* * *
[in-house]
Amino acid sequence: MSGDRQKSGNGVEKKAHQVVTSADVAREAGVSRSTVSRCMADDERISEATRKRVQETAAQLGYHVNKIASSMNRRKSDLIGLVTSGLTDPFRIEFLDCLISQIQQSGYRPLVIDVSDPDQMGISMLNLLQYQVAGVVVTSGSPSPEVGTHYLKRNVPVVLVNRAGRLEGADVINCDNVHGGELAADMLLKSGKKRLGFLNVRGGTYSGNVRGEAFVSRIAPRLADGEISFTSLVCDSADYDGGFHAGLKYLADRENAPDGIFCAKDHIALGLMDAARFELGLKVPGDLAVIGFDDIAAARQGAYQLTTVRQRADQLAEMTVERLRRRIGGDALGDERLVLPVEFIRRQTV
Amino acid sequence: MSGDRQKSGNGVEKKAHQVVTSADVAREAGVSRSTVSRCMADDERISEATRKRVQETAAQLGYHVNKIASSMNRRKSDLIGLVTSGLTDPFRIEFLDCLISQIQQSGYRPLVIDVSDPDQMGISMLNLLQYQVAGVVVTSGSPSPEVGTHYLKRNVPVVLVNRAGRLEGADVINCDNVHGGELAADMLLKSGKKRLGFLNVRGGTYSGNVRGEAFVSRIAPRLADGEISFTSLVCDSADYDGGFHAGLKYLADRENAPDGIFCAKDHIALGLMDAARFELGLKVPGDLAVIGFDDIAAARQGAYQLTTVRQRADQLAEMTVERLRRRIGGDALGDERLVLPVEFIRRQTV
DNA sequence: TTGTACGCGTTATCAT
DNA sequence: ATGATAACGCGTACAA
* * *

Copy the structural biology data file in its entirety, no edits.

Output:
[in-house]
Amino acid sequence: MSGDRQKSGNGVEKKAHQVVTSADVAREAGVSRSTVSRCMADDERISEATRKRVQETAAQLGYHVNKIASSMNRRKSDLIGLVTSGLTDPFRIEFLDCLISQIQQSGYRPLVIDVSDPDQMGISMLNLLQYQVAGVVVTSGSPSPEVGTHYLKRNVPVVLVNRAGRLEGADVINCDNVHGGELAADMLLKSGKKRLGFLNVRGGTYSGNVRGEAFVSRIAPRLADGEISFTSLVCDSADYDGGFHAGLKYLADRENAPDGIFCAKDHIALGLMDAARFELGLKVPGDLAVIGFDDIAAARQGAYQLTTVRQRADQLAEMTVERLRRRIGGDALGDERLVLPVEFIRRQTV
Amino acid sequence: MSGDRQKSGNGVEKKAHQVVTSADVAREAGVSRSTVSRCMADDERISEATRKRVQETAAQLGYHVNKIASSMNRRKSDLIGLVTSGLTDPFRIEFLDCLISQIQQSGYRPLVIDVSDPDQMGISMLNLLQYQVAGVVVTSGSPSPEVGTHYLKRNVPVVLVNRAGRLEGADVINCDNVHGGELAADMLLKSGKKRLGFLNVRGGTYSGNVRGEAFVSRIAPRLADGEISFTSLVCDSADYDGGFHAGLKYLADRENAPDGIFCAKDHIALGLMDAARFELGLKVPGDLAVIGFDDIAAARQGAYQLTTVRQRADQLAEMTVERLRRRIGGDALGDERLVLPVEFIRRQTV
DNA sequence: TTGTACGCGTTATCAT
DNA sequence: ATGATAACGCGTACAA